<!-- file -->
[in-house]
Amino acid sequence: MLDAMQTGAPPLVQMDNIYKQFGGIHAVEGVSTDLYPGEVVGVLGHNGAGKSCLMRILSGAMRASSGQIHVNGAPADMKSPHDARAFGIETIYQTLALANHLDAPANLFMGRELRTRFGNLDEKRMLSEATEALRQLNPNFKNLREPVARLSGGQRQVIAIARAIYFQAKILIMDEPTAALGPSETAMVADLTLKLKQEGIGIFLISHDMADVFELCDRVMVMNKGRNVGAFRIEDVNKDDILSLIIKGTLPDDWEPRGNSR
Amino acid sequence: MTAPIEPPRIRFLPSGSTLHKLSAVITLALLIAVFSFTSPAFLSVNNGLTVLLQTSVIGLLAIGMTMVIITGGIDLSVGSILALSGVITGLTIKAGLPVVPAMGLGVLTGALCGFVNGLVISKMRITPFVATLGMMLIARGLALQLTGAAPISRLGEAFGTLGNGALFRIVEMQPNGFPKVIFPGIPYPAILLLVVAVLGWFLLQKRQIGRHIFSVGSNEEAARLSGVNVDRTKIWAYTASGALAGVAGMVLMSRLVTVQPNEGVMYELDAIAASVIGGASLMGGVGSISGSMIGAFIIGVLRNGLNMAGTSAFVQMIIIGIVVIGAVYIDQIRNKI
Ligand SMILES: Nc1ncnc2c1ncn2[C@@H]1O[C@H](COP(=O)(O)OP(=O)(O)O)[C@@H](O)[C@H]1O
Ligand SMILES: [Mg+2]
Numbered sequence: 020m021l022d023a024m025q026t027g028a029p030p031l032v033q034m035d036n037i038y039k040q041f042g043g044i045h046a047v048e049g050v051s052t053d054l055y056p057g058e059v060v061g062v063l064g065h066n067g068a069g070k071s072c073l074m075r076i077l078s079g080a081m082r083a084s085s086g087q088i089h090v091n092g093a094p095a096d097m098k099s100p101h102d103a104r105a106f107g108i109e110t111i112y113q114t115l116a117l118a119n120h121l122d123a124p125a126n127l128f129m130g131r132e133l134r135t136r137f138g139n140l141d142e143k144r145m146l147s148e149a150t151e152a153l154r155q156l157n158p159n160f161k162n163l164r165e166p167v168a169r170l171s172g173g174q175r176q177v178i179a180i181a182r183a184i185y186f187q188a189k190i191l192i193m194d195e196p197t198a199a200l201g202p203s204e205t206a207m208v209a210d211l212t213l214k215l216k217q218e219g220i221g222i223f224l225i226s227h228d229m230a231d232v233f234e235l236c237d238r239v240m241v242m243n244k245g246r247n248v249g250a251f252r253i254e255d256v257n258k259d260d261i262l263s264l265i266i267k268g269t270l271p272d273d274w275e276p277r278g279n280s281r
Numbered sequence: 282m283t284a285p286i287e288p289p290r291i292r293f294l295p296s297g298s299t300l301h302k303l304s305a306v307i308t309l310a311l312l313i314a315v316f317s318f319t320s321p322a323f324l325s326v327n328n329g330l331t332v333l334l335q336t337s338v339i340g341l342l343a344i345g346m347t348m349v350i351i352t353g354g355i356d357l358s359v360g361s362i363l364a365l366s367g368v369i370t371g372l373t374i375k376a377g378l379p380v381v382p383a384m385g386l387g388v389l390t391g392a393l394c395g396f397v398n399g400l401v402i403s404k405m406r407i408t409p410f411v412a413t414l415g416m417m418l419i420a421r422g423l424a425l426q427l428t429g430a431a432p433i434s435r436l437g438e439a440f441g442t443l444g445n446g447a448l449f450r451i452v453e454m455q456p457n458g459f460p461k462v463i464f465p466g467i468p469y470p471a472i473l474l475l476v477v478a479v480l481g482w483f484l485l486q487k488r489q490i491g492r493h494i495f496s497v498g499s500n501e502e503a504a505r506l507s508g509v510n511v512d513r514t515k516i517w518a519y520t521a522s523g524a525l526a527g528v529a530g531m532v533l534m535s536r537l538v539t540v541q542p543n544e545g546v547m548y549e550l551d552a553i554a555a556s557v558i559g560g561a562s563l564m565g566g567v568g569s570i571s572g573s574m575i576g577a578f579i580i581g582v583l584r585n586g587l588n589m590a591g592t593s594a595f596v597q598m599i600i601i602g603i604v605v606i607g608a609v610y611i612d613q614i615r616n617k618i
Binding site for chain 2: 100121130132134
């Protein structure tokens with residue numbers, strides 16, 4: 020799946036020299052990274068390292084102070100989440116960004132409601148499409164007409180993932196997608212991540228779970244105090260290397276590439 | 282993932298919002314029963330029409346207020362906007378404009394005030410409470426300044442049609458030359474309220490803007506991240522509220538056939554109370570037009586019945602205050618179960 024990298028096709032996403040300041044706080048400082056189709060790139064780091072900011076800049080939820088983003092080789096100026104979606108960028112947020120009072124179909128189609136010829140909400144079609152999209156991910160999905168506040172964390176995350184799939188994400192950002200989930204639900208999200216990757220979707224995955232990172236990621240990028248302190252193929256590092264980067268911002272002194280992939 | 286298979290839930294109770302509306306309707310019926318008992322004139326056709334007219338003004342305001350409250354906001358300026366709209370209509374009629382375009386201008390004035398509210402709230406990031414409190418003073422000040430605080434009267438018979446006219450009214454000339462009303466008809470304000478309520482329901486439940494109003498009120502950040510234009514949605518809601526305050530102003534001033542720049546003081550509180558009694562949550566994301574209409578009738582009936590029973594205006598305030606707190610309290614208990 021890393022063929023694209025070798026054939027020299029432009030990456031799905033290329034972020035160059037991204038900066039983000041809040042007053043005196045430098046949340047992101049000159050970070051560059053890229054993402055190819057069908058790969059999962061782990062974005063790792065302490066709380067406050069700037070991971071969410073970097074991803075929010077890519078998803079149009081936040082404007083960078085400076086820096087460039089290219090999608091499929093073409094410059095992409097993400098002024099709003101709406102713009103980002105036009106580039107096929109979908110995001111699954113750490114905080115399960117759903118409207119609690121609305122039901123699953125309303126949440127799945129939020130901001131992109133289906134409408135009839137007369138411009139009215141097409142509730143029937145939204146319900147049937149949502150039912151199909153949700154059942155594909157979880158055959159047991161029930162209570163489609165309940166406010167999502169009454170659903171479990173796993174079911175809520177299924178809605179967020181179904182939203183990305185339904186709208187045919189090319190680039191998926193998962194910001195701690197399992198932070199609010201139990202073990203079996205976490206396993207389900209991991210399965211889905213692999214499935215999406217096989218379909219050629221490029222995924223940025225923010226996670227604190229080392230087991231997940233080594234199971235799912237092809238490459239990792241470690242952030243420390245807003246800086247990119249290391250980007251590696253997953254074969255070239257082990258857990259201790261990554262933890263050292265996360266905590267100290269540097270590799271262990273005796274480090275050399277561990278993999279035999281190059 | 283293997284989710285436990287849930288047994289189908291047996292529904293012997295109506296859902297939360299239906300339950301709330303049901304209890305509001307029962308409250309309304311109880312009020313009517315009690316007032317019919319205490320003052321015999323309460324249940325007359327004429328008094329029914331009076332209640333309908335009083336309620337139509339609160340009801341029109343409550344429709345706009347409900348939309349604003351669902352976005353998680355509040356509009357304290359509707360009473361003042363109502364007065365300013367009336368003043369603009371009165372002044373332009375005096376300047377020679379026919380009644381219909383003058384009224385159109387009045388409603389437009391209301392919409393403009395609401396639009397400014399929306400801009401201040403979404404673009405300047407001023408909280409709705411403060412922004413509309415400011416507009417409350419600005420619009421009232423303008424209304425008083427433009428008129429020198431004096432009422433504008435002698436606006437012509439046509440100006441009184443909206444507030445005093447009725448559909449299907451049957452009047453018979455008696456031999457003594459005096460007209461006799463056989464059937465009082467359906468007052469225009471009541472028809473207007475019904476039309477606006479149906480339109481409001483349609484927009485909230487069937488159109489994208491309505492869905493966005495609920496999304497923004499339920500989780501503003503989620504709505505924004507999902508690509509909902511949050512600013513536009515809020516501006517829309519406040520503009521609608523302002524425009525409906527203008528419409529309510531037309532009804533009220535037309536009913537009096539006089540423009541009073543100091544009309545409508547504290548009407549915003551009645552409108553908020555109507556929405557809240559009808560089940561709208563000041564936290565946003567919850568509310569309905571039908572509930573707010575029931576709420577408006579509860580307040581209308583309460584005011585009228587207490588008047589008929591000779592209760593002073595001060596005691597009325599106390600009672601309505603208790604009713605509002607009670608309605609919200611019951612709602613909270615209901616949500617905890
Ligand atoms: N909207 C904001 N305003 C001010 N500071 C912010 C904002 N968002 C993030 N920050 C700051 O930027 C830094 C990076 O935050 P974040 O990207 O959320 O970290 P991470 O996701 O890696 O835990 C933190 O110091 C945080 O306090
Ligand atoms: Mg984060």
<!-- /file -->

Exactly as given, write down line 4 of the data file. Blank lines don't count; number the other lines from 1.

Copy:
Ligand SMILES: Nc1ncnc2c1ncn2[C@@H]1O[C@H](COP(=O)(O)OP(=O)(O)O)[C@@H](O)[C@H]1O